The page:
Inside the lower church of the Russian Orthodox Church in Florence

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Following my recent tour of this gorgeous landmark in Florence, I posted on the exterior. Now let’s enter the building, starting with the lower church.

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The lower church, dedicated to Saint Nicholas, was consecrated on October 2, 1902 in the presence of the Russian ambassador from Rome, the new rector and many Russian residents.

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The lower church is decorated with sacred images in exquisite triptychs, Byzantine-style icons and tall figures of saints.

When the Russian diplomatic mission opened in Florence in 1815, it also had a chapel that housed a reliquary, which Tsar Alexander I had carried with him on his long military campaigns against Napoleon.

Before this church was built, Florence’s Russian community would congregate in the private chapels of its more illustrious members, such as that of Michail Boutourline, the son of the millionaire bibliophile Count Dimitri Boutourline, or that of the wealthy, aristocratic Demidoff family.  The Demidoff’s donated many iconostases and other objects from San Donato for the new church in 1880.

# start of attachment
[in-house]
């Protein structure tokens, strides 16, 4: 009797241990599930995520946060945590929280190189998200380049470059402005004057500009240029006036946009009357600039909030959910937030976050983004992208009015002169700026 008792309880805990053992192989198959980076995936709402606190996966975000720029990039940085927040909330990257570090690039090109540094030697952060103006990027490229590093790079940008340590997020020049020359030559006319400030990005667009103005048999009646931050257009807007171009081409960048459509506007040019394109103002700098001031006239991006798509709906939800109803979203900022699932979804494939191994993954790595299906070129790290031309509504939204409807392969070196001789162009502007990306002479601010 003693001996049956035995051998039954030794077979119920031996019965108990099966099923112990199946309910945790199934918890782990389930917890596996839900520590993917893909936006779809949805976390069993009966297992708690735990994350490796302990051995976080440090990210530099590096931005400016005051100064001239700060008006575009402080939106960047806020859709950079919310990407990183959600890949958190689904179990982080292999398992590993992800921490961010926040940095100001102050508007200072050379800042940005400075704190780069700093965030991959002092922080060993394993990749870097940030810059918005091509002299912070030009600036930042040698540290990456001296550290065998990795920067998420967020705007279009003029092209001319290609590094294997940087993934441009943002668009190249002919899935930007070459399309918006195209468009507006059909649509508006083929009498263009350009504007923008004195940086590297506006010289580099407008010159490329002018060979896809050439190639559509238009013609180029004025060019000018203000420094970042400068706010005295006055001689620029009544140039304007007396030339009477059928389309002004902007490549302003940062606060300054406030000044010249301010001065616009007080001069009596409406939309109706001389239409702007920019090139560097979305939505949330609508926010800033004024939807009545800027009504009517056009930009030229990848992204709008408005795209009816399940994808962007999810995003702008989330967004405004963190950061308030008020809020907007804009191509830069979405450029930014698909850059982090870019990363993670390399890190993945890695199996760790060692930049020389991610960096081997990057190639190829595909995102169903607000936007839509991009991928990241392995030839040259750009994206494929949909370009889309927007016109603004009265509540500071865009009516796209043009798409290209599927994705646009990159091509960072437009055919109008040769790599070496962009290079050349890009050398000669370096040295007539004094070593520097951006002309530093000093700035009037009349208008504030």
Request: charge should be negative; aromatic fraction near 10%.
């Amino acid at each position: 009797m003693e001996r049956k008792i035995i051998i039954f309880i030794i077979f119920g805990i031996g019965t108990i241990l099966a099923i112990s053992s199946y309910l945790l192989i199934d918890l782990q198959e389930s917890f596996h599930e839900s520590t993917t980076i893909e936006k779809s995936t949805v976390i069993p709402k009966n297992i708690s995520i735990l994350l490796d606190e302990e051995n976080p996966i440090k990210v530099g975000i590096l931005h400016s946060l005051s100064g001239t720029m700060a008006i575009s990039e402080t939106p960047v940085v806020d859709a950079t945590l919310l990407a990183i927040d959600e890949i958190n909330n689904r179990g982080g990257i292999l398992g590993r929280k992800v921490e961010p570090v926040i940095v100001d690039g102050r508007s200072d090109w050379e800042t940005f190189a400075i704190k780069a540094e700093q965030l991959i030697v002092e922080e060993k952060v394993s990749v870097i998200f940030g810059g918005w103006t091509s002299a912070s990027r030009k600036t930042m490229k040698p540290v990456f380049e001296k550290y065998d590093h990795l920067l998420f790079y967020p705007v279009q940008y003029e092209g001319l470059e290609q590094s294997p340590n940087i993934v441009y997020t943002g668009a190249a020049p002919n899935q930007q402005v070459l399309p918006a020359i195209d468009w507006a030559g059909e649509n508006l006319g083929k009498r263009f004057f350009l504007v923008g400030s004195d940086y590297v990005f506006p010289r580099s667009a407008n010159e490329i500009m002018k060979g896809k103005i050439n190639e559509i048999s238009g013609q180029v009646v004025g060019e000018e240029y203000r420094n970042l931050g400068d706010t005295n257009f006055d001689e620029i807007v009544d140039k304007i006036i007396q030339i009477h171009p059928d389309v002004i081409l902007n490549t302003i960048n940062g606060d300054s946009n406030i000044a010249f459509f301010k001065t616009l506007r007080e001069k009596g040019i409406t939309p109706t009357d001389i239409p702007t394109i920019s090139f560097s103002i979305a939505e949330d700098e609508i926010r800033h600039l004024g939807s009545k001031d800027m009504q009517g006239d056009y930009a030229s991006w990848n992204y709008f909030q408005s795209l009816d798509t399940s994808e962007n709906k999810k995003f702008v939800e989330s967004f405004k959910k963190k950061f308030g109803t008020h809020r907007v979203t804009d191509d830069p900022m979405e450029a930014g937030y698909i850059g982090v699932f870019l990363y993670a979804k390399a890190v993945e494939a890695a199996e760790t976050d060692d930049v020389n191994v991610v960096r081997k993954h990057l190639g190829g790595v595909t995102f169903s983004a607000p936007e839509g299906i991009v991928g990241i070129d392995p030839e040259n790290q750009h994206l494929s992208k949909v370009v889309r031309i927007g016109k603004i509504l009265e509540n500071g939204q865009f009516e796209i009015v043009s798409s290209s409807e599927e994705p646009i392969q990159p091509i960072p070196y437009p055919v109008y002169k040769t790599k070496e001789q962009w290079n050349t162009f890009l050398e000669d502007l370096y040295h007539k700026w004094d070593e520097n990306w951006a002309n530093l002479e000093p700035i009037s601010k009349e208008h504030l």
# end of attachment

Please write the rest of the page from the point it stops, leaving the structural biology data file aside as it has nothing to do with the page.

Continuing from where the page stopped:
but in the end it was richly adorned with marble, frescoes and numerous other important decorative elements too, including the imposing Royal Gates.

True impetus was given to the church-building project when Archipriest Vladimir Levitsky (1840–1923) arrived in town in 1878. Despite many setbacks regarding, for instance, the designation of the land where the church should be built, Levitsky persevered and, in 1890, travelled to St. Petersburg to present the procurator-general of the synod with drawings prepared by the chosen architect, Preobrazhensky. Whilst a decree authorising the construction of the church was issued in May 1891, it took another seven years before the Russian Ministry of Foreign Affairs finally gave its permission.

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